Writing Articles

Posted by on in Writing Articles

So last year I did something I'd always wanted to do. I participated in NaNoWriMo. I wrote 50,000 over the course of November and I have the certificate to prove it. Why did I participate? Surely, as someone who calls herself a writer, I'm writing all the time. Well, yes and no. I do try to write in a disciplined way but there are times when different areas of my life compete for time. I wanted to immerse myself in the writing experience and I knew if I told everyone - and, just as importantly - if I told myself - I was participating in NaNoWriMo, my writing time would become a priority that people (including me!) imposed on only with great reluctance.

The incidents I wrote about aren't in sequence. There is a slightly higgledly piggledy aspect to the whole because part of the time I was writing in text box programme called Write or Die, which made my computer emit frightening noises if I didn't reach a specified word count in a given amount of time. I tried to keep editing and revision to a minimum, so the whole has a ratty shape and an important plot element came to me about halfway through the month of November. On the whole, however, I'm really happy. I loved the experience of writing and trying to keep on-going revision to a minimum - normally I revise laboriously I go. Above all else, it proved to me that I can write a lot over a short period of time if I just make that time.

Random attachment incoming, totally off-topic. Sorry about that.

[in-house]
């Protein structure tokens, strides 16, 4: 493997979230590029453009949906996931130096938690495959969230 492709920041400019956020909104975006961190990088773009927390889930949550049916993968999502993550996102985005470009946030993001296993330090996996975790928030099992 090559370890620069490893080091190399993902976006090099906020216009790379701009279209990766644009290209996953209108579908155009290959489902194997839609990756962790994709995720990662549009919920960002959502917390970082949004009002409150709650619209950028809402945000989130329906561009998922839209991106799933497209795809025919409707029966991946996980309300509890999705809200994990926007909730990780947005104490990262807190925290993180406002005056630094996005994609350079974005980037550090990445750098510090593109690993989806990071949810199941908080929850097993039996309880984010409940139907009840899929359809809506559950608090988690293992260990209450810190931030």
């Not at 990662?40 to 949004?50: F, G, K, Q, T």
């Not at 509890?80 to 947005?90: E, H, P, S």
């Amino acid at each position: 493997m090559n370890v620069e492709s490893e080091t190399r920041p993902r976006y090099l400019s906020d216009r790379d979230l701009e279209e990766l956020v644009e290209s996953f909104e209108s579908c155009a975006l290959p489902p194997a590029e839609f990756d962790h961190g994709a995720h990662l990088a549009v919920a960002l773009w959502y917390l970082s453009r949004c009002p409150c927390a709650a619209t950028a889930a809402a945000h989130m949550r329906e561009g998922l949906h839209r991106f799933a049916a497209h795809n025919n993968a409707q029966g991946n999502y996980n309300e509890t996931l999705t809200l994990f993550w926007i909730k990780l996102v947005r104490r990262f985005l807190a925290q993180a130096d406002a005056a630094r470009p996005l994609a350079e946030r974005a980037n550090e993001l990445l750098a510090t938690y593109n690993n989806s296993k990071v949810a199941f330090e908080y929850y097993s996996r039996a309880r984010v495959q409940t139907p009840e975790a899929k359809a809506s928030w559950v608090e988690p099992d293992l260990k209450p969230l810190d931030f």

When the month was over, I felt a little lost, although Christmas loomed. When Christmas was over, I found that I could settle back into revising the novel I had been working on prior to NaNoWriMo with more dedication. I had no excuse, after all. I even had a certificate to prove it!

I recently discovered there's a whole host of different timed writing challenges - and a wiki with all the information.

Who is going to join me NaPoWriMo? Sounds like fun!

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Posted by on in Writing Articles
The Perfect Sentence

 blogSentence1

I’m like Stanley Fish; I appreciate the fine art of the perfect sentence. I love its structure, pattern, poise and precision. Fish’s ‘How to Write a Sentence and How to Read One’ has seduced me. How could I not buy a book whose first quote is?

 

One Day the nouns were clustered in the street,

An Adjective walked by, with her dark beauty.

The Nouns were struck, moved, changed.

The next day a Verb drove up, and created the Sentence.

 -Kenneth Koch, “Permanently”

 

I causally picked up the book in the GOMA bookshop in South Bank Brisbane. I was so excited that someone else loved the sentence as much as I did. I had to have this book. Instead of collecting fine wines or lino prints, Fish collects sentences. And so do I!

 

 

Posted by on in Writing Articles

resolutions

Each New Year I make resolutions – only a few brave-hearted and determined souls I know can avoid the annual period of reflection and reassessment. Along with the usual suspects, this year I’ve added ‘submit work’ to my list. Although I’m primarily a novelist for middle readers and young adults, I often write poetry, flash fiction and a small amount of creative non-fiction. Back when I wrote mainly poetry, I was constantly submitting it to journals and competitions but these days I treat these excursions into different forms as a kind of small holiday away from the main project.

This year I’m changing that.

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